You don’t have to rely on Boris Johnson or Matt Hancock promising lights at the end of tunnels to boost your morale in these dark times. There is optimism aplenty for stock markets around the world.
Since I last surveyed the opinions of our panel of asset allocation experts three months ago, global equities have checked in with some very strong – in some cases spectacular – performances.
The strong final quarter in a number of markets has been followed by a new year rally as well, and our four-strong panel recognise that three major positive events in recent weeks do much to explain current optimism. We now have a vaccine to fight the pandemic, there is a new president in the White House with control over both Houses of Congress, and finally for the UK we have a Brexit deal.
On Wall Street, the S&P 500 index gained 12.2% in the final quarter, while emerging markets (powered by China and other Asian markets) had their strongest quarterly returns for more than a decade. The MSCI Emerging Markets index rose 20% in the final three months of 2020. Japanese equities forged ahead 20% in the last couple of months of the year.
Even UK shares – for so long the laggard among the major global markets – managed a final quarter bounce back with the FTSE All-Share Index up 12.6% in sterling terms. Although for the year it was down nearly 10%.
Panellists turn more bullish at start of 2021
With varying degrees of enthusiasm our panel offer their reasons to be cheerful.
Rob Burdett at BMO Global Asset Management is perhaps the most bullish although he remains underweight the US (with a score of four) and keeps a high cash score as he thinks recent heady performances may lead to a correction.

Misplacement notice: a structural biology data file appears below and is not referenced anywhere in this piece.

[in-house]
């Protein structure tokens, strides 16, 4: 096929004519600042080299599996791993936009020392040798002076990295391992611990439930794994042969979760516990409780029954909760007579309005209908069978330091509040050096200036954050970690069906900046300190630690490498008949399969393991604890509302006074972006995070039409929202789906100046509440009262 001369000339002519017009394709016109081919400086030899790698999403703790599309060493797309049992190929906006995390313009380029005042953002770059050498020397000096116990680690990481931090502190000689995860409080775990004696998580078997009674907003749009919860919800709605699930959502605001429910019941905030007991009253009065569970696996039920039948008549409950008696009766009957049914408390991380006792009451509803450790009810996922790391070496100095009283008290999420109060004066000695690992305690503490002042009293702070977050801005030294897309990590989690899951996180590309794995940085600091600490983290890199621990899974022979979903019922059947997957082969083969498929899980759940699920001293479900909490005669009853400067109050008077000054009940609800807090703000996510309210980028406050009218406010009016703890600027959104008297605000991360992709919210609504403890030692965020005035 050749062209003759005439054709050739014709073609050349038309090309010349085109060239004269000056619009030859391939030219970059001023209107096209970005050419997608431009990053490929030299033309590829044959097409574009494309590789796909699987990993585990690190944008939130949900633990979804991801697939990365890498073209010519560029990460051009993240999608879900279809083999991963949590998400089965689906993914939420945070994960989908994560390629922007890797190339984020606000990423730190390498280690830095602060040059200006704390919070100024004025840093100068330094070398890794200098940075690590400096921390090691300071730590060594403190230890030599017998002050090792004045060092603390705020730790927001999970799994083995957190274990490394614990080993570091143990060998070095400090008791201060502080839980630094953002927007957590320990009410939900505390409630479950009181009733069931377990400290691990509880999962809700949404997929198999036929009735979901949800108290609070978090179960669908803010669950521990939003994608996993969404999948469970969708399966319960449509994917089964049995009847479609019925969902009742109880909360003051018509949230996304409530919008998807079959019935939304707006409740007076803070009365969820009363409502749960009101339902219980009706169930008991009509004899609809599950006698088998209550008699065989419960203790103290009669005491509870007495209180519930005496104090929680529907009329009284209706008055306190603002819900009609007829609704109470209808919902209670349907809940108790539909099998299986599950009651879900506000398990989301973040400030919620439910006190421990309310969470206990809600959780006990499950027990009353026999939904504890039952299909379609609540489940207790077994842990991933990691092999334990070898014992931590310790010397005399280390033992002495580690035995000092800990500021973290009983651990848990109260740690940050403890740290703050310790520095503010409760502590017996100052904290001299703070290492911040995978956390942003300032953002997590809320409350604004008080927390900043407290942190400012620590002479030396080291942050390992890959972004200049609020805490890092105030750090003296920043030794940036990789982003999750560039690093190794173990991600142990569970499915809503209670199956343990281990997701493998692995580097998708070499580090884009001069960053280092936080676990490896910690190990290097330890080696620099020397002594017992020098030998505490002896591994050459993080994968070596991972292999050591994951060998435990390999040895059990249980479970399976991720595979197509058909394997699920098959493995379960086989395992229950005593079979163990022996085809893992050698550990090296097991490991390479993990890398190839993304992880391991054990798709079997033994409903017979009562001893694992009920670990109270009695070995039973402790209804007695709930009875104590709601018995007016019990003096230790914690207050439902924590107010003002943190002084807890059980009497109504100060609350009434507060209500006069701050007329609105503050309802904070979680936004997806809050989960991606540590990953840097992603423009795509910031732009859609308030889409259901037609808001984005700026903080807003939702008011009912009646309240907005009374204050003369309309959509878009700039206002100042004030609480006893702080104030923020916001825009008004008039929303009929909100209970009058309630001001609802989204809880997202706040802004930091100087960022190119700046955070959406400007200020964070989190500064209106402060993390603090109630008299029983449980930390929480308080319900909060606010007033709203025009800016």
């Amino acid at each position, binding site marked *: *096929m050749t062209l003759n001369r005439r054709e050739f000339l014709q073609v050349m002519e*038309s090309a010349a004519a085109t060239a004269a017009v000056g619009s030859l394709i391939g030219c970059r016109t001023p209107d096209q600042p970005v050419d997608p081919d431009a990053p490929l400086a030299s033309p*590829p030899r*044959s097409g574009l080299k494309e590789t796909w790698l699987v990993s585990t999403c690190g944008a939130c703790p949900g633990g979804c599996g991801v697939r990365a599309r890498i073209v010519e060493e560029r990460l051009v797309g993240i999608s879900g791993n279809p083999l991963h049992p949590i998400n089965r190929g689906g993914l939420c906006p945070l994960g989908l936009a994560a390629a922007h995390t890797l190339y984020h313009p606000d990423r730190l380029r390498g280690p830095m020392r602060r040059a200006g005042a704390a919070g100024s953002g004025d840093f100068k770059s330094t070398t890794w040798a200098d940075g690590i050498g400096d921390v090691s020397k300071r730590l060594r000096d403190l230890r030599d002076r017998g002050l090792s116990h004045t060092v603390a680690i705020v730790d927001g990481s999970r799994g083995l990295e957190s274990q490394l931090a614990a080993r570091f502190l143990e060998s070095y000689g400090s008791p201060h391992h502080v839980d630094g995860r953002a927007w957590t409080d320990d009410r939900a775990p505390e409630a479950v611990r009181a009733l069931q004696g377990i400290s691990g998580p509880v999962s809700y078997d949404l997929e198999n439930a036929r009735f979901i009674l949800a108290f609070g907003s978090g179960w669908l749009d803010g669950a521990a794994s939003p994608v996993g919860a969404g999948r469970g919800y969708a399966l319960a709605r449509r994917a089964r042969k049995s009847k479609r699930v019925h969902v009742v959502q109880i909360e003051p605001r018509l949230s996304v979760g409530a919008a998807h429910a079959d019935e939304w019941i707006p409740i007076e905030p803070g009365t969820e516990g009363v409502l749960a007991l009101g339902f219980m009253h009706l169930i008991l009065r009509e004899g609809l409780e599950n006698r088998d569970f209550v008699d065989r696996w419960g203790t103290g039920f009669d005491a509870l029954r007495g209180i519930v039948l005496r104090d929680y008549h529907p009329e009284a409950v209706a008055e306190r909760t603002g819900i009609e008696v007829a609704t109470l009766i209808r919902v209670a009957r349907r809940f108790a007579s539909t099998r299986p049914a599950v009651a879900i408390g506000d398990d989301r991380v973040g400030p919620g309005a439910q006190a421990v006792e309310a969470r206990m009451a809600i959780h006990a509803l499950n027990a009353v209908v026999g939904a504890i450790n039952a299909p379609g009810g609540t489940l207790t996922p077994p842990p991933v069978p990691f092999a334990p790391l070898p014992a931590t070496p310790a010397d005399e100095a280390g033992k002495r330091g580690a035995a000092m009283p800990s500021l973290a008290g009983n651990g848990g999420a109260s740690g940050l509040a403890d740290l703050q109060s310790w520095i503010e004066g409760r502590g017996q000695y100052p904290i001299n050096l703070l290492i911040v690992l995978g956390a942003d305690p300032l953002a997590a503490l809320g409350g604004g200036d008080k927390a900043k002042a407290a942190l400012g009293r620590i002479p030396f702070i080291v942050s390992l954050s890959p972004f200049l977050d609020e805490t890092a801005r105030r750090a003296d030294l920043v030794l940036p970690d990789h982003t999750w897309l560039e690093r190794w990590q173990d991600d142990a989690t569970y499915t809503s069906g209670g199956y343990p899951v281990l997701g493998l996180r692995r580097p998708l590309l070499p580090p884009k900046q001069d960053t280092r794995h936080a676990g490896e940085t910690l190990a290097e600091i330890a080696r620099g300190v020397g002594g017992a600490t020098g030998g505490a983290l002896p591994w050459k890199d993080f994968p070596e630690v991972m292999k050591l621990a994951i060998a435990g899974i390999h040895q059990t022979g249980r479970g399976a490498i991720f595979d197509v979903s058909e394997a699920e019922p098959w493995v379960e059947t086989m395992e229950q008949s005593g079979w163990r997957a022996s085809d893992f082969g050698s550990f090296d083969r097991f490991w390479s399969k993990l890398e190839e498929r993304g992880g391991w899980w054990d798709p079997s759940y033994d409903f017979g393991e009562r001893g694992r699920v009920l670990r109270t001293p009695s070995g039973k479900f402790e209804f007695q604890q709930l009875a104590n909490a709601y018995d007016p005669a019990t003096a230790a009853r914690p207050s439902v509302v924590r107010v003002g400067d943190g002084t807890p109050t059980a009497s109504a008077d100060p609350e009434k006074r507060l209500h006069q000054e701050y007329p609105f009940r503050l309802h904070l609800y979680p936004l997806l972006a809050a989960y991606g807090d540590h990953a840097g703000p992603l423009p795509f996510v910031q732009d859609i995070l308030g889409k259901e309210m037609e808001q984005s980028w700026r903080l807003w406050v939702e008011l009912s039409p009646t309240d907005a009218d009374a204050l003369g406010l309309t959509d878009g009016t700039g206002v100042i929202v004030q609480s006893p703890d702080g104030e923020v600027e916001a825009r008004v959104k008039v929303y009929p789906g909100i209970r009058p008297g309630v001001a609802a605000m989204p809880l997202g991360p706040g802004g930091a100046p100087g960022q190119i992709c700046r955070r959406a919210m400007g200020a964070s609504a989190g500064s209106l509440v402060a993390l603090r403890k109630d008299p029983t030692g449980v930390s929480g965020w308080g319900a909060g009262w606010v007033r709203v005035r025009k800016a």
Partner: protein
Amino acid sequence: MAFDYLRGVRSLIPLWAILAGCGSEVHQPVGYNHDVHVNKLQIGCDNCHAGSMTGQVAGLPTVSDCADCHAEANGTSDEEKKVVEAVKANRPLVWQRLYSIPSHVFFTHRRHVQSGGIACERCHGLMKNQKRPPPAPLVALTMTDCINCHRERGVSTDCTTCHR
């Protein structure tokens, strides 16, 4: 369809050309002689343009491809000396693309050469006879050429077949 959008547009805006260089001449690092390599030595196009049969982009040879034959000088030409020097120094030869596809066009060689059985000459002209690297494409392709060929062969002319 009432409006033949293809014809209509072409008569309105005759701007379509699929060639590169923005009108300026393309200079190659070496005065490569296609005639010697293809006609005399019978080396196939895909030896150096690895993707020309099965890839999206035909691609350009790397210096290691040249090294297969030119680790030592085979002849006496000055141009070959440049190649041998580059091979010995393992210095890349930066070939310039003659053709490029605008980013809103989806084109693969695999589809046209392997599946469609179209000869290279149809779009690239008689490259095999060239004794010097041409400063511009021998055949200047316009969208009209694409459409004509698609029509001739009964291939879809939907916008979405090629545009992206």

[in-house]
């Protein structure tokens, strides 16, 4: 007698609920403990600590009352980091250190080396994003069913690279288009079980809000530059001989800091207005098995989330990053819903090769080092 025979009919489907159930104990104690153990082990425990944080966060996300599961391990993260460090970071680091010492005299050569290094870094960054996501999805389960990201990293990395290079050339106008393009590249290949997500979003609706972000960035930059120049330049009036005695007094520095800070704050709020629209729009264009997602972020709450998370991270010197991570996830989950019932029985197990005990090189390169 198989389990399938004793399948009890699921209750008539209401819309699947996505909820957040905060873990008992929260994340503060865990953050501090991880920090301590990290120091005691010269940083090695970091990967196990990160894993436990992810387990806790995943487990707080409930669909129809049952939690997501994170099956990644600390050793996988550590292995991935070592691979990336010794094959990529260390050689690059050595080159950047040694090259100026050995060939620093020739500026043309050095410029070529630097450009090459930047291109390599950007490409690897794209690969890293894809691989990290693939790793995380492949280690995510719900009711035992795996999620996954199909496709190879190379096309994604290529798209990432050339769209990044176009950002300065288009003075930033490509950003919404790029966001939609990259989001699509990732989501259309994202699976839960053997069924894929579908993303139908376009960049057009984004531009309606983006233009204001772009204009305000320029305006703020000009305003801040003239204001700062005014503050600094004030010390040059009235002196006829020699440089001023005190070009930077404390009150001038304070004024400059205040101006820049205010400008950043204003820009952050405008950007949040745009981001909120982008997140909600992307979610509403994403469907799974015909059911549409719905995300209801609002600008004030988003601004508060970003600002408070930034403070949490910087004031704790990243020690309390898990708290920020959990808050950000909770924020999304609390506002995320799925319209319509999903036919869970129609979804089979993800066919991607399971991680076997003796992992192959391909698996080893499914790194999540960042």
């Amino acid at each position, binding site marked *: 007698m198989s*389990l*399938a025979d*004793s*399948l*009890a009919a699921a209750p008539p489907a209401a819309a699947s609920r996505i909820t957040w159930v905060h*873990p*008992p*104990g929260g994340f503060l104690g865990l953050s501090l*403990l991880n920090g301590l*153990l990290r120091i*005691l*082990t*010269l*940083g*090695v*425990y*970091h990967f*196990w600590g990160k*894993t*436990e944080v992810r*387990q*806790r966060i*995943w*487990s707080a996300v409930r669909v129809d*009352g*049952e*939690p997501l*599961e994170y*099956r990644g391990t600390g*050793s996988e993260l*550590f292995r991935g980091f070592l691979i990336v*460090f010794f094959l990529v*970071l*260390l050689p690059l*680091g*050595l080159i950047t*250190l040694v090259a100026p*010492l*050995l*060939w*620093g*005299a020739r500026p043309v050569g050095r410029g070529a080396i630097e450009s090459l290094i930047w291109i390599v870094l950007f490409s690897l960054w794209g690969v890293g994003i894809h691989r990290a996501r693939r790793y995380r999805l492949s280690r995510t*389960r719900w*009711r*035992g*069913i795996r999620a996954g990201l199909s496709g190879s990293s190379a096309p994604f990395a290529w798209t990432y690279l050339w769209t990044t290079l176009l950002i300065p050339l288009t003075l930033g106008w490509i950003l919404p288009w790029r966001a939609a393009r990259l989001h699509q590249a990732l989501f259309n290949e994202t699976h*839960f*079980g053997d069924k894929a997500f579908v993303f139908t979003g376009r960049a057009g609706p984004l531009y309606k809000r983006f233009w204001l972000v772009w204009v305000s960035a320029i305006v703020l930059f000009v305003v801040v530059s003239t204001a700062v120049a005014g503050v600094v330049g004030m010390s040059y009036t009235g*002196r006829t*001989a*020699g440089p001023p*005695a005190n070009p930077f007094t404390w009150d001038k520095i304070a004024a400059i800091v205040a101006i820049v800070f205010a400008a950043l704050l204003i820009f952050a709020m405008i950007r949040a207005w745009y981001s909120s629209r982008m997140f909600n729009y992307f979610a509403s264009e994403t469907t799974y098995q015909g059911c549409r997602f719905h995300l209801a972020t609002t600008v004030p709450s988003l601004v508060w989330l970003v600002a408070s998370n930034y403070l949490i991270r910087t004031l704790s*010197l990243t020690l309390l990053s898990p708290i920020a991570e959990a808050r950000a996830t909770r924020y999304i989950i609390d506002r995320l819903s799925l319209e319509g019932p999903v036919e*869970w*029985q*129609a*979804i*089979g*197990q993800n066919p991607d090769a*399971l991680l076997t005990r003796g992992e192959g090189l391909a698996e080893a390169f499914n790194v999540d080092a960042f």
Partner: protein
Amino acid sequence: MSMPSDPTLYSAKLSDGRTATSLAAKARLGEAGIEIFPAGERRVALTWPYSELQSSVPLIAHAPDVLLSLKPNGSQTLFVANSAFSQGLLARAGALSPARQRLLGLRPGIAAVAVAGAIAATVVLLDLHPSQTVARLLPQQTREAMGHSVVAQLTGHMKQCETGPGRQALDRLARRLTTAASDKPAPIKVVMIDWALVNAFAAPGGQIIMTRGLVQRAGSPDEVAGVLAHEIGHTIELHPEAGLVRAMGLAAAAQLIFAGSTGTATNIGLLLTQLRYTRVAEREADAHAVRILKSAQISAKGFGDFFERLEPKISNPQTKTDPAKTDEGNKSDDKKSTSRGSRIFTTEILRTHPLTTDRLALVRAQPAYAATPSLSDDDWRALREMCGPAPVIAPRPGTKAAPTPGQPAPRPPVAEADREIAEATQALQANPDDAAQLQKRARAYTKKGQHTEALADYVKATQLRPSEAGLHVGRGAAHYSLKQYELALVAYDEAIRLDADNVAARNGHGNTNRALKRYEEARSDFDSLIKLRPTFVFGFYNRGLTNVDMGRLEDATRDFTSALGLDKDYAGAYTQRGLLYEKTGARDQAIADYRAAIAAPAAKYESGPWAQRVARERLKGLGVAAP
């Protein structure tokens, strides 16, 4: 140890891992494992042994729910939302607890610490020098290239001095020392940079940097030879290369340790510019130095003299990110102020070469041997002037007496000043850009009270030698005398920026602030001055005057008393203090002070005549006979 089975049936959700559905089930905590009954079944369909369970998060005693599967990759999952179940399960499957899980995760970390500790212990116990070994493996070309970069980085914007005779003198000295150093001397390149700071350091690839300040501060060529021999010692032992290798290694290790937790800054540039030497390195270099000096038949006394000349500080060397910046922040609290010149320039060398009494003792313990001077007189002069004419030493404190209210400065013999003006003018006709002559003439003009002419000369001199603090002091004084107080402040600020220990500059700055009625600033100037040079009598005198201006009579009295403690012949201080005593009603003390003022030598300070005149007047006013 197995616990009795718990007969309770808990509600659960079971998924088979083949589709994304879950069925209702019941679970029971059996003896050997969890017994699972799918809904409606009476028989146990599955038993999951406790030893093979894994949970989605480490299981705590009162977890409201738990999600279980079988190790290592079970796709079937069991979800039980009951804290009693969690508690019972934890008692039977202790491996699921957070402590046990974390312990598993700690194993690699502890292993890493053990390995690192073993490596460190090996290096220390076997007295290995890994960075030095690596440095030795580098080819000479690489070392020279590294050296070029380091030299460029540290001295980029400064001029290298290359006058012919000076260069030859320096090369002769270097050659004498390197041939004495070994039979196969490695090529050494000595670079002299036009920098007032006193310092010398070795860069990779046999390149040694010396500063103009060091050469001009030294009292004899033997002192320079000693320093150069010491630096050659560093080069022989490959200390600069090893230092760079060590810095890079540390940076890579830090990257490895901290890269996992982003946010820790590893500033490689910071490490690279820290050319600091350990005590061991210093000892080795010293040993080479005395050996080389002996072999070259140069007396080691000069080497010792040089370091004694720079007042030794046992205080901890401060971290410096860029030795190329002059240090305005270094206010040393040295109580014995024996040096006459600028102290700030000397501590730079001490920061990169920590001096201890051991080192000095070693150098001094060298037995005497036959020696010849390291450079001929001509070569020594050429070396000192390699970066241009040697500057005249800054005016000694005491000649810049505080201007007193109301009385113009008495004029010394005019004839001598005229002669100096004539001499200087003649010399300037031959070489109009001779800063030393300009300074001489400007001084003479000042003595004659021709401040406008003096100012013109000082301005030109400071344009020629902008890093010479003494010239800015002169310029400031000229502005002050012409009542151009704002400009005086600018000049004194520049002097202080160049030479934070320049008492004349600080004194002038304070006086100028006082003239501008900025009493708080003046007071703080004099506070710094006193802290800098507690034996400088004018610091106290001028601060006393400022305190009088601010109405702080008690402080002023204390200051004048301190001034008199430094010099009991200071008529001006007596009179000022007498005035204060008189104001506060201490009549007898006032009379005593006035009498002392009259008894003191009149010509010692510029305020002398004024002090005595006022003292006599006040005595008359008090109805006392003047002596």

“What Covid-19 did was to bring the longest upswing in the economic cycle to a grinding halt and triggered a recession – probably a double-dip recession,” he explains. “That then sets up a new economic cycle for later this year – at least that is what the market is pinning its hopes on.”
His argument is supported by low interest rates, the prospect of a big fiscal stimulus for the US and the willingness of other major governments and central banks to spend money to let the world economy “run hot” to support a post-pandemic recovery.
But downside risks remain. Burdett notes that shipping freight rates have trebled in recent months as shipping shortages have been exposed by recovery in China and elsewhere. Is this a harbinger of increasing inflationary risks?
“Market memories can be quite short and a lot of investors have never seen significant inflation or big interest rate increases,” Burdett warns. “You could only justify current stock-market ratings because bond yields are so low. These are very interesting times and at the very least you need a balanced portfolio.”
His answer is to stay underweight in the US, keep a high cash score, take some profits in emerging markets and corporate bonds – they had an exceptional run in 2020 – while edging up exposure to UK and European equities and keeping high exposure to Japanese equities. He is neutral on government bonds (with a score of five) having edged up his UK bonds score to reflect better prospects for the pound after Brexit.
Interest rates won’t rise until 2024
Keith Wade at Schroders shares some of Burdett’s doubts about high valuations in US equities. But overall he has the most bullish stance on equities of all the panel members. Keeping his US score unchanged at 6 he is boosting exposure in the UK, emerging markets, Europe and Japan in an impressive display of confidence in global recovery. Like Burdett, he is taking profits in corporate bonds.
“Before we get to that recovery we are going to have to go through a difficult period,” he admits. “We are going to have to downgrade our forecasts for European companies, for instance, and maybe this new wave of the pandemic will force us do the same in other regions. But the market itself is looking beyond that and is pretty much underpinned by low interest rates.”
Wade agrees the market’s mood would be seriously upset by any threat to the low interest rate climate, but he does not foresee any rise in interest rates before 2024.
He has kept his exposure to bonds low. “In an era of low interest rates, they are not such an attractive hedge. Finding hedges is one of the challenges facing asset allocators. We are increasing risk levels, so we are using gold and various currency plays as attractive hedges,” says Wade. He keeps his gold score at 7.